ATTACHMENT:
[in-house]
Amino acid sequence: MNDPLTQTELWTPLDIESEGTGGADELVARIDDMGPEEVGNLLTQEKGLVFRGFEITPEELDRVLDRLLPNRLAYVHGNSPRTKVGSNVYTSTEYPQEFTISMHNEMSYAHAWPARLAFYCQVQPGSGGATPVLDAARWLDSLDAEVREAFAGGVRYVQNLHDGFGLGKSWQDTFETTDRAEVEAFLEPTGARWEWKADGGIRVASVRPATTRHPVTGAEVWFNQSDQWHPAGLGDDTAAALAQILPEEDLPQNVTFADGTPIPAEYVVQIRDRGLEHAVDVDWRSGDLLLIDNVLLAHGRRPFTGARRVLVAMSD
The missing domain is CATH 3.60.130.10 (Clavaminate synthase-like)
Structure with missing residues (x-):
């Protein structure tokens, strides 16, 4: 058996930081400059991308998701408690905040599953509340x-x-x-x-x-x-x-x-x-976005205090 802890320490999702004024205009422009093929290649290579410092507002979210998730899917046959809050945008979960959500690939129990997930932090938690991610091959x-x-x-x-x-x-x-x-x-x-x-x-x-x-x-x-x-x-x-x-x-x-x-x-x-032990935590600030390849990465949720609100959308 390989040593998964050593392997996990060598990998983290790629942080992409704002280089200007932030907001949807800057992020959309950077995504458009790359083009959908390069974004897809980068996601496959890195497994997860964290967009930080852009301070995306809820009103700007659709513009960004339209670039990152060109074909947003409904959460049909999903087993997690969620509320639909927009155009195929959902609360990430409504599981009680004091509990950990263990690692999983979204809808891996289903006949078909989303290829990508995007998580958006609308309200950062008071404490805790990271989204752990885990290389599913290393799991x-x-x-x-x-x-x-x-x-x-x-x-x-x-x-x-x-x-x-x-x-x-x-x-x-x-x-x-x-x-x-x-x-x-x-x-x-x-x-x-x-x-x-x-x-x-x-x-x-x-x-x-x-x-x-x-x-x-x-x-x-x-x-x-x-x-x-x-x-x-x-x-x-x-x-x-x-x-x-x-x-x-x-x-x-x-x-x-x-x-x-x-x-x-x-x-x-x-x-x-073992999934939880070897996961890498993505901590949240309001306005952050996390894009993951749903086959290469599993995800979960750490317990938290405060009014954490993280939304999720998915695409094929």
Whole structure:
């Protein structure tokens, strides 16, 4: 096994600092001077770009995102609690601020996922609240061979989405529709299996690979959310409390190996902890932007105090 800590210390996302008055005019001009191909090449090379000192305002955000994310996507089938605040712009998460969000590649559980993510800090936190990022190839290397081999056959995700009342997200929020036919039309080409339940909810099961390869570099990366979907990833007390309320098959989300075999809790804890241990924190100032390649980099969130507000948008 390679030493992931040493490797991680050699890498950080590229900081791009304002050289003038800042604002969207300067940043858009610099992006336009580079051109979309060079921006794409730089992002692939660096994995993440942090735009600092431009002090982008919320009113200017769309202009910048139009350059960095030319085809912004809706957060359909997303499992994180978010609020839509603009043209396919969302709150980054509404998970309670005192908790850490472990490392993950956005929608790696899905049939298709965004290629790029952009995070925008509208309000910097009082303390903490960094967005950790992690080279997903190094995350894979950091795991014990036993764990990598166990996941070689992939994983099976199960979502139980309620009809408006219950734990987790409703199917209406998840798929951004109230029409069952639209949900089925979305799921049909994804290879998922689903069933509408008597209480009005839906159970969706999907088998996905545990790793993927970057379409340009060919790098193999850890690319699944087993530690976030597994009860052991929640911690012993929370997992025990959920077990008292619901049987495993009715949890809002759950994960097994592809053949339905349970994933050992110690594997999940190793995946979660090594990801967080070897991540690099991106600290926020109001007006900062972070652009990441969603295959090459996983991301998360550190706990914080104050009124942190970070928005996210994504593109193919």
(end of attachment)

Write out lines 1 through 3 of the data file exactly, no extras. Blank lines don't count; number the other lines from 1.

[in-house]
Amino acid sequence: MNDPLTQTELWTPLDIESEGTGGADELVARIDDMGPEEVGNLLTQEKGLVFRGFEITPEELDRVLDRLLPNRLAYVHGNSPRTKVGSNVYTSTEYPQEFTISMHNEMSYAHAWPARLAFYCQVQPGSGGATPVLDAARWLDSLDAEVREAFAGGVRYVQNLHDGFGLGKSWQDTFETTDRAEVEAFLEPTGARWEWKADGGIRVASVRPATTRHPVTGAEVWFNQSDQWHPAGLGDDTAAALAQILPEEDLPQNVTFADGTPIPAEYVVQIRDRGLEHAVDVDWRSGDLLLIDNVLLAHGRRPFTGARRVLVAMSD
The missing domain is CATH 3.60.130.10 (Clavaminate synthase-like)